Since The Great Depression

How many times in the last year have you heard the phrase "...since the Great Depression"? Some of it is media fodder to elaborate their sensationalist mantra. But dig deep into what is going on and the truth is, we have some issues to deal with. At the time of this writing, I did a quoted Google search on the phrase "since the Great Depression" and found almost 2.7 million hits. Now, for those unfamiliar with a quoted Google search, any time you put a phrase in quotes, Google will only search for that entire phrase (within some margin of error). I am a bit afraid to do an unquoted search. For those braver than me, give it a shot! My Grandparents lived and struggled through the Great Depression. My parents were born during that period but were too young to remember much. However, a period like that tends to linger on long afterwards. I only know my paternal Grandmother and she was always quite frugal. My parents carried on that frugality during my earlier years, but later loosened their purse strings as the economic conditions of the 1980's and 1990's offered many a prosperous livelyhood. So why is the term "...since the Great Depression", or alternatively, "...not since the Great Depression", being bandied about so much? Is it just a bunch of doom and gloom and we should all just ignore it? I am sure there are people who think this. But more fundamentally, could it be that we really are experiencing another depression and nobody wants to admit it? By using this magic phrase, it gives our government the ability to motivate the masses that there is a problem but perhaps it protects them from actually having to use the dreaded "D" word. That word is detrimental to elections. It tends to get politicians voted out of office. Why don't we just use the word and get it over with. Depression! We are in a Depression! There I said it! Now, maybe we can take the steps to move on with our lives and deal with it. By trying to do everything in its power to avoid the "D" word, our government could be prolonging its effects by attempting to inflate assets that don't deserve to be inflated. Companies that were irresponsible and are bankrupt should be allowed to fail. Let the Constitutional provision of bankruptcy step in and handle the situation. There are, by the way, no provisions for bailouts and stimulus packages in the Constitution. So what is the difference between a recession and a depression? There is an old economist joke that says, when your neighbor is out of work, it's a recession; when you are out of work, it's a depression. Economists will vary with their definitions, but simply a depression is a prolonged recession. In either case, economic contractions are a natural part of the business cycle. It is a cleansing of the system. Any interruption by the government disrupts that cleansing and the results are simply unpredictable. -- For a recession/depression proof way to always earn money, click HERE. rate cutsdeflationSource:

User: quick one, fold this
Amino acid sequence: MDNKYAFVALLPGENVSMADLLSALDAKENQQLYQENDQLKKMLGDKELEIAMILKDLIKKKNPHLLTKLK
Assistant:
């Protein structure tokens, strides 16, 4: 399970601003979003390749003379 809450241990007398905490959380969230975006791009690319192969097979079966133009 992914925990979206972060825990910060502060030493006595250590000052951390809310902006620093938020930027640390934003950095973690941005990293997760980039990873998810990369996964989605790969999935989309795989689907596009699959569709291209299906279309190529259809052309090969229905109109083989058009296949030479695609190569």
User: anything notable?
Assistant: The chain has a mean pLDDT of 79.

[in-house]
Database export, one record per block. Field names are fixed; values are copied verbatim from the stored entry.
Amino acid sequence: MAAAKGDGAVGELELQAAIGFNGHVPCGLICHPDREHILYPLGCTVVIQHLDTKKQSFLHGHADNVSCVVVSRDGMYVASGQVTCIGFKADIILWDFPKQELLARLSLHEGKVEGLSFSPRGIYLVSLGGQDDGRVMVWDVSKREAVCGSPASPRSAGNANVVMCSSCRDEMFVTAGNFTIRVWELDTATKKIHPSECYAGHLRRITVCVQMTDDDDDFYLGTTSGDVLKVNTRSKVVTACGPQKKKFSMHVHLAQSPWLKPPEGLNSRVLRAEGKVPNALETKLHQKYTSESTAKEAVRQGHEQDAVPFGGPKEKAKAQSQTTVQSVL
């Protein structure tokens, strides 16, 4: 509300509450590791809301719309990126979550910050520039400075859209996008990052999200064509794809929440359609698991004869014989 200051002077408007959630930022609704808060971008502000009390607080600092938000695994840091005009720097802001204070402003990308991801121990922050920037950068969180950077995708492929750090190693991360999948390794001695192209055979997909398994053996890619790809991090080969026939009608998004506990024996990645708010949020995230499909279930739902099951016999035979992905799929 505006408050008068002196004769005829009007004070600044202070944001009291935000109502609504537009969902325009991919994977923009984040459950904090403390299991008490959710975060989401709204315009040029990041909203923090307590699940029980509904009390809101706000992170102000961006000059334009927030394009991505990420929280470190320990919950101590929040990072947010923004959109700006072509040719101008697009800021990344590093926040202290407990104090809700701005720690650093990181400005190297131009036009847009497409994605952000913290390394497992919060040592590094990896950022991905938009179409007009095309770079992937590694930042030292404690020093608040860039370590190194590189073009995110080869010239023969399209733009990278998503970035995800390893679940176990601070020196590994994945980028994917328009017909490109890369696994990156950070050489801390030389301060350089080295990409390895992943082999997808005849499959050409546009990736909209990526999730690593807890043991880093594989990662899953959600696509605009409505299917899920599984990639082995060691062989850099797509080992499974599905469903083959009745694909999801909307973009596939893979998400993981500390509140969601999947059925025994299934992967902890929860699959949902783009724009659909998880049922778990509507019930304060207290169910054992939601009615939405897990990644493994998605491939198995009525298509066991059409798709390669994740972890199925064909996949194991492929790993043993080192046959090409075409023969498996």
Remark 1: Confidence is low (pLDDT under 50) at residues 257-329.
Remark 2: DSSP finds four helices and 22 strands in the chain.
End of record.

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1 comment:

Anonymous said...

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